Dance movement therapy (or DMT) is the use of movement and dancing to help support motor functions and emotions as well as mental activity. It’s also called movement psychotherapy and it involves no set rules or movement styles. The human face and voice may be able to hide emotion extremely well, but the human body cannot. Emotions and thoughts are displayed like a canvas to the world, and those that can read the language know exactly when others are upset, frightened, happy, sad, in love, and more.
DMT helps patients and clients achieve a balance throughout all of their sensory receptors and reduces stress while improving mood management. DMT has been shown to improve self-esteem and body image issues. Movements can be used to express powerful emotions and thoughts that individuals can’t put into words.
Dance therapy isn’t just dancing around the room to random music to let out emotion. Emotions are released, but so are both conscious and unconscious thoughts. DMT therapists are trained to read the language of body movement and evaluate how patients are doing or feeling. There are several techniques used during DMT therapy that are not employed in traditional dance classes, such as mirroring movements to match the person and show empathy and validation.
Individuals have trouble trusting not only themselves but others during the recovery process. Dance therapy allows professionals to learn and develop trust and rapport, and patients can use their sessions to read the body language of friends and family members. Dance is a universal language that, once learned, can be applied to all areas of life.
The body holds in stress and negative emotions, so movement can stretch those muscles and release built-up tension and stress within the body. Neck pain, shoulder pain, back pain, stomach pain, and headaches can all be caused by an increased amount of stress. It can also lead to trouble sleeping or too much sleep, causing further imbalances. DMT gives individuals a chance to process their internal emotional turmoil and conflicts and release them in a tangible way.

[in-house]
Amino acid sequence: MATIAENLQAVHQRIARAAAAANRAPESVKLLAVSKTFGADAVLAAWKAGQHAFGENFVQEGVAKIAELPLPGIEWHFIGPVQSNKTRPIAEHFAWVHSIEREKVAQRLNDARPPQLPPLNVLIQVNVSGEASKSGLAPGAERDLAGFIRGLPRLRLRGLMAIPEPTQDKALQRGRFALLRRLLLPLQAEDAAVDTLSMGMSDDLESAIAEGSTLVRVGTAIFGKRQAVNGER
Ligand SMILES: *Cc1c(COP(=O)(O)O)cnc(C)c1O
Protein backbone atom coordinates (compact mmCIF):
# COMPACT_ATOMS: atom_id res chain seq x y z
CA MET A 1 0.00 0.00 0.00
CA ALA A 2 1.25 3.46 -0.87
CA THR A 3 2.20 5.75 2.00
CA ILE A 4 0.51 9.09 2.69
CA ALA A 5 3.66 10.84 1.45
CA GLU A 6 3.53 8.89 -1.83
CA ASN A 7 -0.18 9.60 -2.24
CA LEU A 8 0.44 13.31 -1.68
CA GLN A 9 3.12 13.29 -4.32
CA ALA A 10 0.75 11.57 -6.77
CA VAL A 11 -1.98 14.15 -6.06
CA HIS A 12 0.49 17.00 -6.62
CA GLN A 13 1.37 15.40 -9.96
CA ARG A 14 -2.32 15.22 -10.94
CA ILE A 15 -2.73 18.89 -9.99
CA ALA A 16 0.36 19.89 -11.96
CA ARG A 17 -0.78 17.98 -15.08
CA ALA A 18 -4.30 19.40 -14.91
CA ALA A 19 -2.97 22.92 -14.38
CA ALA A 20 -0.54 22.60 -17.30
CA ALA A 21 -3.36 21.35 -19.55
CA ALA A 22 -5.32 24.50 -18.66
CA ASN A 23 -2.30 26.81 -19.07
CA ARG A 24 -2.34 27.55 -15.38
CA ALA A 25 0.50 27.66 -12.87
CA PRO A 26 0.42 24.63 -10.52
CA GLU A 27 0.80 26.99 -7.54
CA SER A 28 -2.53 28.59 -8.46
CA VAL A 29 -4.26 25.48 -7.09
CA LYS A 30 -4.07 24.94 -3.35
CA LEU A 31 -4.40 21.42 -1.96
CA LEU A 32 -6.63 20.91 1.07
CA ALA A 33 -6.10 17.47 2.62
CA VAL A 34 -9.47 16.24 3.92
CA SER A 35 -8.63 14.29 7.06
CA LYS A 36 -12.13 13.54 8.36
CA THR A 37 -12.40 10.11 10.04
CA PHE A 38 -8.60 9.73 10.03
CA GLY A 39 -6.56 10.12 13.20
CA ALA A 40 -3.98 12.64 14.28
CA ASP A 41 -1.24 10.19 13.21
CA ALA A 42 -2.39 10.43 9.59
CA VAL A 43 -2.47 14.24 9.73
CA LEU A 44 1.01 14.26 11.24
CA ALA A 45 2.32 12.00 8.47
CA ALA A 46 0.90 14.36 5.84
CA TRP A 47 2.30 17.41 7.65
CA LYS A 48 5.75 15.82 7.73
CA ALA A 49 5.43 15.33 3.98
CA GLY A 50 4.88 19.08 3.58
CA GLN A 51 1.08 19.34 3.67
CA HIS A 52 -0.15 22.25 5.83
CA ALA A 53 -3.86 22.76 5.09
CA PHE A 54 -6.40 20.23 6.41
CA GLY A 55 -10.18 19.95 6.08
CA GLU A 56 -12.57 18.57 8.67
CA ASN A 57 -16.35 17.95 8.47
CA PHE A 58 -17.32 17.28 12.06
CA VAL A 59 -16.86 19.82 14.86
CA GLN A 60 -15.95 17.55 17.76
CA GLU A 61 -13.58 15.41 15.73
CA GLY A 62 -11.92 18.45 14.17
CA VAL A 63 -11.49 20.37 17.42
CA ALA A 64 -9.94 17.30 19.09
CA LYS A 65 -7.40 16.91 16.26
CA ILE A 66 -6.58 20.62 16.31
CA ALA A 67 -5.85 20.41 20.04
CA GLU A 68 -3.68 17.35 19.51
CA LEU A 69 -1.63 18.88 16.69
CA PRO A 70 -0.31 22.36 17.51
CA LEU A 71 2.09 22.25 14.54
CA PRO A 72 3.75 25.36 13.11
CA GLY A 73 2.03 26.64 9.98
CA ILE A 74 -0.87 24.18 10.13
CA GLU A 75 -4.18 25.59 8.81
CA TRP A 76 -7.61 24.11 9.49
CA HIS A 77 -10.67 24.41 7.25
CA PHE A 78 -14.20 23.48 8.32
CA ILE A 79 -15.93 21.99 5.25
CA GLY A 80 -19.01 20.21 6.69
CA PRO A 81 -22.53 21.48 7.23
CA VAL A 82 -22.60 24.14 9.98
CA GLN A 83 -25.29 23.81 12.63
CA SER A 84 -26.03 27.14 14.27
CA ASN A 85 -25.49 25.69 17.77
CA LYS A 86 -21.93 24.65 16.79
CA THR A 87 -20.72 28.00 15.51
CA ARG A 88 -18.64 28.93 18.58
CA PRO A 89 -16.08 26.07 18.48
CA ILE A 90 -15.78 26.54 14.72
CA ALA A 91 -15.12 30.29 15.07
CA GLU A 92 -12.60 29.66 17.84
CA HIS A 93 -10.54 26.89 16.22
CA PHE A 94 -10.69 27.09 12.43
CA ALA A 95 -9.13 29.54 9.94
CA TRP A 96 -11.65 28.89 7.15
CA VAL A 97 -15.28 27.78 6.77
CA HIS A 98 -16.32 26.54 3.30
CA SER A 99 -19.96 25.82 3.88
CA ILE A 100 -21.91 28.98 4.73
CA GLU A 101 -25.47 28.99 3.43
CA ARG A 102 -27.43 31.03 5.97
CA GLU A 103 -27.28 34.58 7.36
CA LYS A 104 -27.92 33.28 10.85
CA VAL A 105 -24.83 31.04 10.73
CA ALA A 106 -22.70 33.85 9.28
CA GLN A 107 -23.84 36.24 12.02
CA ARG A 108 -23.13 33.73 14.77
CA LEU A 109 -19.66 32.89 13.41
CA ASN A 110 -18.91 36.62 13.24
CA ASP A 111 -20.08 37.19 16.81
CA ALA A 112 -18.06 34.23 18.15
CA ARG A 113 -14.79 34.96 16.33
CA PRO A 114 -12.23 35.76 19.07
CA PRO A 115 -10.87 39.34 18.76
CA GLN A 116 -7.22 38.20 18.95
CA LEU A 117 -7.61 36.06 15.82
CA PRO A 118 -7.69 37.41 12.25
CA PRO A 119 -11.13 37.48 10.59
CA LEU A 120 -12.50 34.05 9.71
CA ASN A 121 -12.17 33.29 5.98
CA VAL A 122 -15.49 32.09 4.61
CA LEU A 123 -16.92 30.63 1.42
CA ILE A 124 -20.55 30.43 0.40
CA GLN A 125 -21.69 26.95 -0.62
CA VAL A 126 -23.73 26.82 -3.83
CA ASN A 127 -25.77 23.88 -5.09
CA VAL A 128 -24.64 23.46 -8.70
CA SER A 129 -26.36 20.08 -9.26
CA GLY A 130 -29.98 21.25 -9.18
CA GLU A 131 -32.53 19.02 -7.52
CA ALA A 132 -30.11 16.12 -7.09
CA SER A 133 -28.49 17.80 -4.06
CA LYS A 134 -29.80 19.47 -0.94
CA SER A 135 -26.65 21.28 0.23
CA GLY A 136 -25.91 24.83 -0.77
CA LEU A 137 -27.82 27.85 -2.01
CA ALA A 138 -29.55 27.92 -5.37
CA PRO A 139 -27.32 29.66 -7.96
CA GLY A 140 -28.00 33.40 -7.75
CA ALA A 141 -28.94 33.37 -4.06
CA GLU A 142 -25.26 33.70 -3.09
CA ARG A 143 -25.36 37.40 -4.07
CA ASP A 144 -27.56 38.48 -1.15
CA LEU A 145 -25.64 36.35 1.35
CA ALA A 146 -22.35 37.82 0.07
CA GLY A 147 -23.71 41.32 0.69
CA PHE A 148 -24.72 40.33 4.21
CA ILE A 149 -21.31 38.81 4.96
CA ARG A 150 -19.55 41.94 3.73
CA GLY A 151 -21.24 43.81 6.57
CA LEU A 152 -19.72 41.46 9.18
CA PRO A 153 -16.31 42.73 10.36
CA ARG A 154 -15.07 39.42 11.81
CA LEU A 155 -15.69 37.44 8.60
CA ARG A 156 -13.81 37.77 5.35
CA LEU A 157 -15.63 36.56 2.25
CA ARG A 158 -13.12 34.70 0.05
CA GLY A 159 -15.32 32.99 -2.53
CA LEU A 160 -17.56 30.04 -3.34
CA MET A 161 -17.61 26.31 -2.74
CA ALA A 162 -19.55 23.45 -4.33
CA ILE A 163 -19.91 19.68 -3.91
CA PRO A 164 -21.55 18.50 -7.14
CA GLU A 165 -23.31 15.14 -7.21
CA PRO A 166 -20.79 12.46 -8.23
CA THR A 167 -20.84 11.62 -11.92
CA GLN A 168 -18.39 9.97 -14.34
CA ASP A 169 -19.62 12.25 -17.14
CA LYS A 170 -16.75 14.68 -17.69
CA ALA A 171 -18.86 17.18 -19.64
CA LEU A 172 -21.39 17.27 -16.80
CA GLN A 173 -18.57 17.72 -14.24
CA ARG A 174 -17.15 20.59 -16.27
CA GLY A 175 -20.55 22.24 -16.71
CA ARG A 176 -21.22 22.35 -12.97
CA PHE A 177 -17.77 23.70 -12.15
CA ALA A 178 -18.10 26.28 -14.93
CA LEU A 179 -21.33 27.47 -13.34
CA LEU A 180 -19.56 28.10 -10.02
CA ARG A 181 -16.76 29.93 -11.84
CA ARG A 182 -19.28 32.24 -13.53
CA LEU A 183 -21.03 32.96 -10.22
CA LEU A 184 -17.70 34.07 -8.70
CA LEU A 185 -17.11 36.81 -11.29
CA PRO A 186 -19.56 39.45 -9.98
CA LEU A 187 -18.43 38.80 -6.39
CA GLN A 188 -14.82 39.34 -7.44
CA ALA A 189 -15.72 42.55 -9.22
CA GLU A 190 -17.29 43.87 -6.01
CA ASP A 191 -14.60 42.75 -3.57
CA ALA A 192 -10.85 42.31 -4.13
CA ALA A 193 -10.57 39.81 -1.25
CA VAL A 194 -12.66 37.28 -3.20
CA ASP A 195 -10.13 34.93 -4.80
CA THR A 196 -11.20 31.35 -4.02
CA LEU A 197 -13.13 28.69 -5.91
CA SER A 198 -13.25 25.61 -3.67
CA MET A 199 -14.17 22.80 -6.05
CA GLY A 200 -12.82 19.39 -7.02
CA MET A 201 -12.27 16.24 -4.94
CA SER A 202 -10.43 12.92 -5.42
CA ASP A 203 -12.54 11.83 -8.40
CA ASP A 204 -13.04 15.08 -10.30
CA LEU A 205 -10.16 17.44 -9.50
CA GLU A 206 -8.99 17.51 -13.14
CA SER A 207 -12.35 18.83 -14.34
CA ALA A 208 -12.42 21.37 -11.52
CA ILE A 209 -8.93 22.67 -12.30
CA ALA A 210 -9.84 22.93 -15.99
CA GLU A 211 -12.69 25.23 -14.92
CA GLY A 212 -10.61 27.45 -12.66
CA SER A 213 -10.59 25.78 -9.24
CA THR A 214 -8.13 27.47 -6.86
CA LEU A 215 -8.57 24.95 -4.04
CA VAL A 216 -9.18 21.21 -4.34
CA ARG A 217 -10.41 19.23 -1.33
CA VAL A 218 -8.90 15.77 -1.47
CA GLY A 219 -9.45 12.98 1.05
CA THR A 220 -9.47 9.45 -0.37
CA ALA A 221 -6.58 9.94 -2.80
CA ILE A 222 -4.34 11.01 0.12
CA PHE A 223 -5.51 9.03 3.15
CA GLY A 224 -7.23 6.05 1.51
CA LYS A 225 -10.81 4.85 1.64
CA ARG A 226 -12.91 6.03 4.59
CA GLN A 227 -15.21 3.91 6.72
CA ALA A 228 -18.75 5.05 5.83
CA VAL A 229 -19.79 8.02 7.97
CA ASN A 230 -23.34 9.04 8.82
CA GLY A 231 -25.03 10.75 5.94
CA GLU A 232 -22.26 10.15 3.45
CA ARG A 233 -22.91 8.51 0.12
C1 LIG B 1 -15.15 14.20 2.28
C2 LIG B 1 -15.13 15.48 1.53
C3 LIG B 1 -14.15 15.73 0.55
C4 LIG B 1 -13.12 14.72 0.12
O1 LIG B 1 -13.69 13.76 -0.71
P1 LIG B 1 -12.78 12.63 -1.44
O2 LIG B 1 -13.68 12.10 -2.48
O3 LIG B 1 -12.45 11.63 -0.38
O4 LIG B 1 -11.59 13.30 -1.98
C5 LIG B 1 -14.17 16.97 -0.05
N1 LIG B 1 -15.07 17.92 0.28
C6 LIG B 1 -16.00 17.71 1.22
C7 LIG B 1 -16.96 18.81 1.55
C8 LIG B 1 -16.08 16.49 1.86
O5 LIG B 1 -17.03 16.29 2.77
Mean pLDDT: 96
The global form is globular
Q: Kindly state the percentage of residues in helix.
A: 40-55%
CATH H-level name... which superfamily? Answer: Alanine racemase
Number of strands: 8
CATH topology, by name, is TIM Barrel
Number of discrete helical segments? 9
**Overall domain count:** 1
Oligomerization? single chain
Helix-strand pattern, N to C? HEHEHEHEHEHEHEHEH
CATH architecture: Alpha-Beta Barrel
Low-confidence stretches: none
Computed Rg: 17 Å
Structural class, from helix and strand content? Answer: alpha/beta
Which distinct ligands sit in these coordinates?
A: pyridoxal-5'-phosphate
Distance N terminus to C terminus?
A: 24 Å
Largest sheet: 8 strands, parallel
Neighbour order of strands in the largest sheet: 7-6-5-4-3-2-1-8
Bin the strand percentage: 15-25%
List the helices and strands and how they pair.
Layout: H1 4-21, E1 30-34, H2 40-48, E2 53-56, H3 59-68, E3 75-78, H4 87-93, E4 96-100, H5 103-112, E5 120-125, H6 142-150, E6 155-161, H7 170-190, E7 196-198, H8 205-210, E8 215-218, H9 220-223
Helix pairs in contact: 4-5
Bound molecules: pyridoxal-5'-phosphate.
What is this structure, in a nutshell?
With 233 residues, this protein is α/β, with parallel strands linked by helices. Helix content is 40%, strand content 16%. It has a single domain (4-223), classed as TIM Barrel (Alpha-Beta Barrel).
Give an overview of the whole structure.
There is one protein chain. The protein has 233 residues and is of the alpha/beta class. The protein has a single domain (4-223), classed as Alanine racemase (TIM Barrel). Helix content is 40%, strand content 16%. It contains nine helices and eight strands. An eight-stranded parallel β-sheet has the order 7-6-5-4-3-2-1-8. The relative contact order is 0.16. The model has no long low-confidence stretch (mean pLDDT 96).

Movements that are often repeated can be used to identify recurring themes or thoughts, maybe even parts of the person’s personality that are being reflected in their dance moves. When combined with other traditional therapy methods, dance therapy can lead to breakthroughs in how a person sees themselves and situations around them. A simple shift in perspective can have a profound effect, and dancing helps shift perspective from associating events with negativity to associating them with movements.
DMT lacks chorography and doesn’t focus on skill level, it is all about expression and dissecting the movements of the body and what role they play or story they tell. It can be very active or barely active, individuals can finish a session dripping with sweat or not, but either way progress is made employing techniques that facilitate the discovery of what topics and issues are bothering the individual and how deeply they really affect them, since they are likely to downplay their emotions – the main reason behind DMT and other forms of art therapy.